In a new study from the U.S. Department of Energy’s Argonne National Laboratory, researchers are accelerating the hunt for the best possible battery components by employing artificial intelligence.
Argonne materials scientist Arturo Gutierrez has been recognized by HENAAC, the national organization that honors Hispanic scientists and engineers.
Researchers at Argonne National Laboratory are revisiting the roles of the polarity and conductivity of sulfur-host materials in long-life lithium-sulfur batteries in order to increase life cycle and energy efficiency.
Argonne battery scientist Michael Thackeray highlights the ongoing research into manganese-based lithium-ion batteries, and how his work with Nobel Prize winner John B. Goodenough in the 80s has informed today’s studies.
In a new study, a team led by researchers at Argonne National Laboratory has made discoveries concerning a potential new, higher-capacity anode material, which would allow lithium-ion batteries to have a higher overall energy capacity.
The U.S. Department of Energy’s Argonne National Laboratory, in collaboration with Hong Kong University of Science and Technology, has developed a new particle-level cathode coating for lithium ion batteries meant to increase their life and safety.
Prof. Dr. Shoji Hall, Prof. Dr. Piran Ravichandran Kidambi, and Dr. Haegyeom Kim have been awarded the 2020-2021 ECS Toyota Young Investigator Fellowships. Through this, ECS and Toyota aim to promote innovative and unconventional technologies borne from electrochemical research. The fellowship encourages young professors and scholars to pursue innovative electrochemical research in green energy technology.
Argonne scientists Michael Bishof, Maria Chan, Marco Govini, Alessandro Lovato, Bogdan Nicolae and Stefan Wild have received funding for their research as part of DOE’s Early Career Research Program.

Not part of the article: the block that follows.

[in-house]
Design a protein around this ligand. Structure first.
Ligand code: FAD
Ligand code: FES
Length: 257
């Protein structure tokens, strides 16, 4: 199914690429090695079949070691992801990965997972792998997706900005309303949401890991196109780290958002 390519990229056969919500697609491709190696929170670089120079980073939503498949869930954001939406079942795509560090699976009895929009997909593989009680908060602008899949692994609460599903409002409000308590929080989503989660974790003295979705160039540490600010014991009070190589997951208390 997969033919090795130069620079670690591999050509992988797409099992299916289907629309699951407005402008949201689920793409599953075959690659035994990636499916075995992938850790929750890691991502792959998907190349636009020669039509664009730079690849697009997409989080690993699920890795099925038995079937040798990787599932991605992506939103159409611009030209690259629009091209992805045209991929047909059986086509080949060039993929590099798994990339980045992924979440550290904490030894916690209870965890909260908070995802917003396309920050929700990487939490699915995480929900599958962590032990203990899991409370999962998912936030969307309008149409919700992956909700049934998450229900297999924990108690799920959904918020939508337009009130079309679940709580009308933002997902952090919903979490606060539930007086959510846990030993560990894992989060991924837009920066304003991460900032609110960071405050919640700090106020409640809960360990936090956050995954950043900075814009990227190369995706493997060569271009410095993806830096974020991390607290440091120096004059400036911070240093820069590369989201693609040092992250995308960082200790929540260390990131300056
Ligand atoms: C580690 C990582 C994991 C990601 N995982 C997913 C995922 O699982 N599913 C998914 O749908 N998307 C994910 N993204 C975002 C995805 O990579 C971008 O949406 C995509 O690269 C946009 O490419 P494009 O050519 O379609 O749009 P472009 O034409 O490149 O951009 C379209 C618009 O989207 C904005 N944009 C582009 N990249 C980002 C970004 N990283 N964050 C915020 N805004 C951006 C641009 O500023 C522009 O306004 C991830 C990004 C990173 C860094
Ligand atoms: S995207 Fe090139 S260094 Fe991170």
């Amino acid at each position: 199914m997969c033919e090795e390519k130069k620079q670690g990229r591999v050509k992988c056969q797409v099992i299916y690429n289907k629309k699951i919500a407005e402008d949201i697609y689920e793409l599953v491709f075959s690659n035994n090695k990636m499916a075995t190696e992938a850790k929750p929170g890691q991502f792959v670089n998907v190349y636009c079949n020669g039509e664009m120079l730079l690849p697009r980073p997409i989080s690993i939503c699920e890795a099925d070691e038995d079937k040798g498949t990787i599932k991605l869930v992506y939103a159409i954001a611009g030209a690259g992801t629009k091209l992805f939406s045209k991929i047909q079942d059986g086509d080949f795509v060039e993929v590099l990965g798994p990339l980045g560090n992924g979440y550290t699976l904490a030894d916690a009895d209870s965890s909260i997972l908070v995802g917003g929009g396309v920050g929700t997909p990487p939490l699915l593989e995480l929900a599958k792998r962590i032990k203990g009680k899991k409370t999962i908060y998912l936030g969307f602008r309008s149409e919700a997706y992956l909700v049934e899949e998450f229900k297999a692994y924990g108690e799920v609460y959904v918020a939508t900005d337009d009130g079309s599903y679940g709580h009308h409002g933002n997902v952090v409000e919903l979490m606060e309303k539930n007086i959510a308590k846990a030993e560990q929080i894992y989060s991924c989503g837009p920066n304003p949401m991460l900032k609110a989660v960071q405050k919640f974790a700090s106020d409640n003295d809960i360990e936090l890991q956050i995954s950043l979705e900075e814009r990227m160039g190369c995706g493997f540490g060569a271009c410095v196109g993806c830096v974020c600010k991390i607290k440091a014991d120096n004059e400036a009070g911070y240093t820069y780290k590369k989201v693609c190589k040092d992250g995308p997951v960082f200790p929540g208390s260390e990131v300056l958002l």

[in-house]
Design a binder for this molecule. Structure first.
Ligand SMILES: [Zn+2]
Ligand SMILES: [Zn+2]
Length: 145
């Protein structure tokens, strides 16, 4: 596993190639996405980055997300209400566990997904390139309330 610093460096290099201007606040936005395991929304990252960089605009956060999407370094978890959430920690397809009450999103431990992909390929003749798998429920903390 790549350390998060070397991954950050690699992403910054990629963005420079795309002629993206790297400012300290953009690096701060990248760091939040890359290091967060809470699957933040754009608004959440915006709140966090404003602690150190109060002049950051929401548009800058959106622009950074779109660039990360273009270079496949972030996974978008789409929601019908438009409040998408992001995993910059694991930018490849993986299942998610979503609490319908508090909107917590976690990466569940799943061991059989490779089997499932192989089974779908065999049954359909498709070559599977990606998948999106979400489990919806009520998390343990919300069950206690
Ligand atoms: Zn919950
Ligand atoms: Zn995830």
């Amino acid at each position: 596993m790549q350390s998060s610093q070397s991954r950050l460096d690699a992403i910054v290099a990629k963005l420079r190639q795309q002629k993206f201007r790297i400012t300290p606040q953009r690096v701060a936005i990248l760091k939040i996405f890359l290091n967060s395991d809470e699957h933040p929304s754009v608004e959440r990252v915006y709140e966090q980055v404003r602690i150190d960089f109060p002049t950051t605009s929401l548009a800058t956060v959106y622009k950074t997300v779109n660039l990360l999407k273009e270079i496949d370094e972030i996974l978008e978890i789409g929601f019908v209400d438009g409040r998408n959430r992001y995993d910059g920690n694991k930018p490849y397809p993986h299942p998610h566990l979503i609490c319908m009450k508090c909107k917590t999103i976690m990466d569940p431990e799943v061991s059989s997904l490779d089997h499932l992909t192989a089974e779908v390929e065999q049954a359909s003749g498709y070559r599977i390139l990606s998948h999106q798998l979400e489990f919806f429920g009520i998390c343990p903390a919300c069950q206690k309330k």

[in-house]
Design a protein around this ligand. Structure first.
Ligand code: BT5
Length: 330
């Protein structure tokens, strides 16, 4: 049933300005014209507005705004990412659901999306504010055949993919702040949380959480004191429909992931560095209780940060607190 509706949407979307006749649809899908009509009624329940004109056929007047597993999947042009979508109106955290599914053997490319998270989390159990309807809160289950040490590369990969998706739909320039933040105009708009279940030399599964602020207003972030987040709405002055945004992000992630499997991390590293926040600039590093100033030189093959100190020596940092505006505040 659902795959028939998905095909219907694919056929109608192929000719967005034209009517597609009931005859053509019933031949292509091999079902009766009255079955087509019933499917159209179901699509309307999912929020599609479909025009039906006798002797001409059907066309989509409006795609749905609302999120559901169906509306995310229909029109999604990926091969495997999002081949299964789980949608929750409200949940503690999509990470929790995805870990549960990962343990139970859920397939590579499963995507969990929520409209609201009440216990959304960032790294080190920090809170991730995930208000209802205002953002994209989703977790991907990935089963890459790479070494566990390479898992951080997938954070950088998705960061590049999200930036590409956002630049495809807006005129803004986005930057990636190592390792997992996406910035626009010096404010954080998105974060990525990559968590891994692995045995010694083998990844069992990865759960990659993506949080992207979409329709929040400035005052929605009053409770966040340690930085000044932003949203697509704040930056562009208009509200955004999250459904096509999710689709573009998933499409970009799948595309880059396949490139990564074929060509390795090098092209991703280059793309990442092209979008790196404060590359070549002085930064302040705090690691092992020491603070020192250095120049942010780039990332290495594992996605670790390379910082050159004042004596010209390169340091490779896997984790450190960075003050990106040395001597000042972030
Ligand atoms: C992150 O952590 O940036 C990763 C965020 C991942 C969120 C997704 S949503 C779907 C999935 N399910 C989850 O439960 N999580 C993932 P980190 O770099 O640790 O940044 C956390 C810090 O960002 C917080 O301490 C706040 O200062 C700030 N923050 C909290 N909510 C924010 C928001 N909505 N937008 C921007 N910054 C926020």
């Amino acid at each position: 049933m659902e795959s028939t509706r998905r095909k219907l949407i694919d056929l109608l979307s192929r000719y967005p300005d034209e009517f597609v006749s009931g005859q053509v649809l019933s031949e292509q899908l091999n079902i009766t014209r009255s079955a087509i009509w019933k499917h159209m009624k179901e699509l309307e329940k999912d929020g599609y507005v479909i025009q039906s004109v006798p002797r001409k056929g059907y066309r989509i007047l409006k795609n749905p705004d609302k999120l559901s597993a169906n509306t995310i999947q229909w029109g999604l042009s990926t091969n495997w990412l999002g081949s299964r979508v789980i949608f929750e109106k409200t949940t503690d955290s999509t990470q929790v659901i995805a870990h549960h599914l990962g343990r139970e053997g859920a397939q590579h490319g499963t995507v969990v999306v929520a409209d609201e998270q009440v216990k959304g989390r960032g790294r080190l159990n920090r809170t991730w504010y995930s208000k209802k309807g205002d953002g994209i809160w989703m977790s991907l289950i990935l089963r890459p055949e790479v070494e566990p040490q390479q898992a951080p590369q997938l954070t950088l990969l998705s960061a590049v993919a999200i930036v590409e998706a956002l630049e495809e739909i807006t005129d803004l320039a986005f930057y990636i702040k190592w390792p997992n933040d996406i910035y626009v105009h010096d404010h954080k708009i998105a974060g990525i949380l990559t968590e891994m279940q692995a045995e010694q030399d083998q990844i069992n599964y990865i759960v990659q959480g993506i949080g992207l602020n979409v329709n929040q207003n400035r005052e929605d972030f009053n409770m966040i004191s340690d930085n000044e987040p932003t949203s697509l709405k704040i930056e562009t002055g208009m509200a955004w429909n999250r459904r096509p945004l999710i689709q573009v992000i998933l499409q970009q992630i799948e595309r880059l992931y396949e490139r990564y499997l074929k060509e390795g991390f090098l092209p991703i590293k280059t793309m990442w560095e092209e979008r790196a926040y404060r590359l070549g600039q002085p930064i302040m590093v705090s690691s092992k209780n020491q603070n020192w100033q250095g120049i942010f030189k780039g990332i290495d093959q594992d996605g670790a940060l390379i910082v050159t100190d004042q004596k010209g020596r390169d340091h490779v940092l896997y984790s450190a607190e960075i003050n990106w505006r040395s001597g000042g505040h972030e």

Argonne’s ReCell Center has already made pivotal discoveries as scientists create and test new recycling processes and battery designs. These discoveries will help grow a globally competitive U.S. recycling industry.
Researchers at the U.S. Department of Energy (DOE)’s Argonne National Laboratory are developing a technology that centers on manganese, one of Earth’s most abundant metals.
Researchers sped-up the motion of lithium ions in solid-state batteries using the paddlewheel effect.
Argonne scientists studied platinum-free catalysts for important fuel cell reactions. The research provides understanding of the mechanisms that make the catalysts effective, and it could inform production of more efficient and cost-effective catalysts.
Scientists at the U.S. Department of Energy’s Argonne National Laboratory have created and tested a single-crystal electrode that promises to yield pivotal discoveries for advanced batteries under development worldwide.
Scientists investigated grain boundaries in a solid electrolyte at an unprecedentedly small scale. The resulting insights provide new avenues for tuning chemical properties in the material to improve performance.
Six new innovators will be joining Chain Reaction Innovations (CRI), the entrepreneurship program at the U.S. Department of Energy’s (DOE) Argonne National Laboratory, as part of the elite program’s fourth cohort.
Scientists at Argonne have built software to measure how to conserve energy in flight with 21st century vehicles — including electric and hybrid airplanes and drones.
At a conference held by the ReCell Center, an advanced battery recycling collaboration based at Argonne, representatives from industry, government, and academia discussed innovative approaches for lithium-ion battery recycling.
In two new papers, researchers at the U.S. Department of Energy’s (DOE) Argonne National Laboratory have turned to the power of machine learning and artificial intelligence to dramatically accelerate battery discovery.
Argonne and University of Illinois announce intent to form the Midwest Hydrogen and Fuel Cell Coalition.
Researchers at Argonne National Laboratory have designed and tested a new electrolyte composition that could greatly accelerate the adoption of the next generation of lithium-ion batteries.